She returned to the scene of the fire, and Thursday evening was sitting about a block away from the burnt-out building, waiting for the Red Cross to help her find a place to stay for the night.



Red Cross spokeswoman Ann Kim said Thursday evening that a disaster action team would be helping a family of five and a family of three displaced by the fire. The Red Cross will also be providing food and other essentials to the fire victims.

According to the Sanford Assessor’s Office, the property at 33 Island Ave. is owned by Harry and Geraldine Farris. The city sends correspondence and tax bills to the Farrises at CVI Development Corp. in Epping, New Hampshire.

Fran Husson, who works in the city’s Assessors Office, said the property at 35 Island Ave. is owned by York County Community Action. Correspondence sent to that organization goes to the Sanford Housing Authority.

Both 33 Island Ave. and 35 Island Ave. were destroyed.

Connolly, the police chief, confirmed that Sanford police have answered calls for service at 33 Island Ave. that involved drug use and drug dealing, but denied that there was a meth lab in the building.

“It is not the apogee of the drug problem in Sanford,” the chief said. “There are other places in Sanford that have drug problems as well.”



The neighborhood is a tightly packed mix of neat single-family homes and some less well-maintained small apartment buildings.

Kathleen Ouellette, who owns one of the buildings that was damaged, said she thinks the city should tear down the vacant, single-family home across Island Avenue from her duplex. It was heavily damaged by the fire and she said rats have been going in and out of the building for months.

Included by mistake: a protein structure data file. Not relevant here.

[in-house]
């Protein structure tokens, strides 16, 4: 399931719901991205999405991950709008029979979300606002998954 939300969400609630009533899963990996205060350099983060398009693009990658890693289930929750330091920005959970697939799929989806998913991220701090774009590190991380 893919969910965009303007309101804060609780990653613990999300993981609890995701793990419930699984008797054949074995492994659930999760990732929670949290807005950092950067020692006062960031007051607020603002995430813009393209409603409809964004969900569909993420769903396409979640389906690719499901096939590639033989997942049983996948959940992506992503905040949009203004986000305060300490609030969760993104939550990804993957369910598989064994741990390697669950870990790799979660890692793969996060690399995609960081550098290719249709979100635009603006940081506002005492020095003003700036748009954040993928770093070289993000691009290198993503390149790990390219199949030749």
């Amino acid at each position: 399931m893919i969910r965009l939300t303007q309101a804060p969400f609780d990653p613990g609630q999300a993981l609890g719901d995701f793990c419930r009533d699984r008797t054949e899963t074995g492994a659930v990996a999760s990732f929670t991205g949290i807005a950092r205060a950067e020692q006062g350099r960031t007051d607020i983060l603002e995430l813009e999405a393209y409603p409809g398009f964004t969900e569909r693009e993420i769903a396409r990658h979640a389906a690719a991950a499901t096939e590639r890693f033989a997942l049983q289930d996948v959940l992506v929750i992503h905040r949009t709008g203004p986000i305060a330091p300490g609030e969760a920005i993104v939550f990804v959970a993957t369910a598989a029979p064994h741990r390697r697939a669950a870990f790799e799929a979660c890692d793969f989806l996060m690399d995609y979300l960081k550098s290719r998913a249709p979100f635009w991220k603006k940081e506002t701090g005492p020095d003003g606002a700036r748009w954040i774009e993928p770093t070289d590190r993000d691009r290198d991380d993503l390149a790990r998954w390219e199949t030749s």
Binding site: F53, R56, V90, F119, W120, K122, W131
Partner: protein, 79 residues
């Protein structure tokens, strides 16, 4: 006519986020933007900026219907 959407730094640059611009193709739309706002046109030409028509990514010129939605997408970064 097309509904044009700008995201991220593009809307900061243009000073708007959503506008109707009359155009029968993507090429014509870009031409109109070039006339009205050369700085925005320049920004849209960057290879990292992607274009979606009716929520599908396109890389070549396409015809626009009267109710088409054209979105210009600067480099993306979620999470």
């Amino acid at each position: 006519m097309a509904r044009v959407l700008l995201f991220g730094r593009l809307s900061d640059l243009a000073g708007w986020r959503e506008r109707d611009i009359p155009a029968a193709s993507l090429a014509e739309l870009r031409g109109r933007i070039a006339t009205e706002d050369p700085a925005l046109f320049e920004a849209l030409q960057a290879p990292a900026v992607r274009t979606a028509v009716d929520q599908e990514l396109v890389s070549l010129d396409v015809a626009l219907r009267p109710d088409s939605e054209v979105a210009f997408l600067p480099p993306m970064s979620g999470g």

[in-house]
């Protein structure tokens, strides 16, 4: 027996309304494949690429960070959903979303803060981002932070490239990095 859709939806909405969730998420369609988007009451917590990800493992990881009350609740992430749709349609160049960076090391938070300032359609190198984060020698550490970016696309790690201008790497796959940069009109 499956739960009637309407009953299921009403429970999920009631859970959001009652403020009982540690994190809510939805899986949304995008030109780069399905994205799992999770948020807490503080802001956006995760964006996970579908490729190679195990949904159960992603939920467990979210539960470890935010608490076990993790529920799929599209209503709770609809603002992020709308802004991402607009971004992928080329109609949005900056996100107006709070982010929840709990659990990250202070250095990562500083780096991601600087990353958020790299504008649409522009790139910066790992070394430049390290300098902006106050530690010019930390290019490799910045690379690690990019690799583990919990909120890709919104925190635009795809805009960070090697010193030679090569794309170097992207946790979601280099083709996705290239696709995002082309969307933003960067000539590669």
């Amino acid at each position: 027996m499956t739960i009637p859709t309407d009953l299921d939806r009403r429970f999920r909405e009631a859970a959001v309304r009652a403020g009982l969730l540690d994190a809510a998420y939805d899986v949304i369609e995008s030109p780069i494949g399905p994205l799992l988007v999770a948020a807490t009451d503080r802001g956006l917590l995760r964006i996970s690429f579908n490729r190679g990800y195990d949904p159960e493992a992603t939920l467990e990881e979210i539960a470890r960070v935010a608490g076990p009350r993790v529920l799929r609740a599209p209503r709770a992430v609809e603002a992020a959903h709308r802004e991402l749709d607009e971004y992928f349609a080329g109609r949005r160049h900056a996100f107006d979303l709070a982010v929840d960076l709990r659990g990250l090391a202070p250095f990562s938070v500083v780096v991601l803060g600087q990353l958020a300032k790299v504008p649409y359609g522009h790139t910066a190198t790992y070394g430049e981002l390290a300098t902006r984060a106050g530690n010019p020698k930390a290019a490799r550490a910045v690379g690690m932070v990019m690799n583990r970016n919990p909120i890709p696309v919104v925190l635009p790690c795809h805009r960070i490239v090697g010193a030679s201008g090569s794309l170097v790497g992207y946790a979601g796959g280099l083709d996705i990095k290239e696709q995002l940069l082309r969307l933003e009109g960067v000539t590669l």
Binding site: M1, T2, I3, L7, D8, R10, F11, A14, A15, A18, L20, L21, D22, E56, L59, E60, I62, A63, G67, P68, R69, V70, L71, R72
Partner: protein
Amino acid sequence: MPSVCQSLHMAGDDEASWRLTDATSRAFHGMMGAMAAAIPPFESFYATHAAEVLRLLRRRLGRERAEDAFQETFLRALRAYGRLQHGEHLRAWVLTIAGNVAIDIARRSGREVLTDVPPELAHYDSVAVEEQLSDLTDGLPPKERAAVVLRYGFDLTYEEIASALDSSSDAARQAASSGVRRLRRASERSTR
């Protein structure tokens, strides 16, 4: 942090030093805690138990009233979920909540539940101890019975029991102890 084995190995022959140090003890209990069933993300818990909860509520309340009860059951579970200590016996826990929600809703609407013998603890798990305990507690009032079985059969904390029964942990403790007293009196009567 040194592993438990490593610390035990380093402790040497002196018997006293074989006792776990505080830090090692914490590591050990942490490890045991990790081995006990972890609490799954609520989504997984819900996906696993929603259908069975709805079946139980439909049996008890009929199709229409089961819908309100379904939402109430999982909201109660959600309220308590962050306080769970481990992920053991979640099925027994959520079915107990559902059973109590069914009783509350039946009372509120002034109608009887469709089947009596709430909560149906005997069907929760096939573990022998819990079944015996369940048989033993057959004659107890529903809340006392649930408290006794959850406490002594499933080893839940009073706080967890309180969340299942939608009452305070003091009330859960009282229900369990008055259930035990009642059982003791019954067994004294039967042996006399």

Deb Marchand, who was scheduled to move into 34 Island Ave., a three-family building across the street, said one of the women who lives in 35 Island Ave. is pregnant and also has two children, ages 3 and 5. Marchand was supposed to move into her apartment on Nov. 1 but said damage to her building and the vacant building next door would delay that.

William Southworth Jr., who lives diagonally across from the street from where the fire is believed to have begun, said he smelled smoke early Thursday afternoon and looked out to see a ball of flame about midway up 33 Island Ave.

He said he quickly grabbed his pets – a dog and a turtle – and took them outside his second-floor apartment.


When he returned for his rabbit, Southworth said, the door was hot to the touch.

By early Thursday evening, he was moving them back in, apparently in good shape. Southworth said he planned to stay in his apartment Thursday night and hoped the electricity would be turned back on.

Thursday’s fire is the second major fire to have affected this York County city in 2017. In June, a massive, fast-moving fire tore through a long-abandoned mill building on River Street, destroying the mill and a link to the city’s textile history.

Sanford firefighters said the Stenton Trust Mill fire was one of the largest fires they have had to fight in recent memory. Three boys, all under the age of 14, have been charged with arson in connection with that blaze.

Dennis Hoey can be contacted at 791-6365 or at:

[email protected]

Edward D. Murphy can be contacted at 791-6465 or at:

[email protected]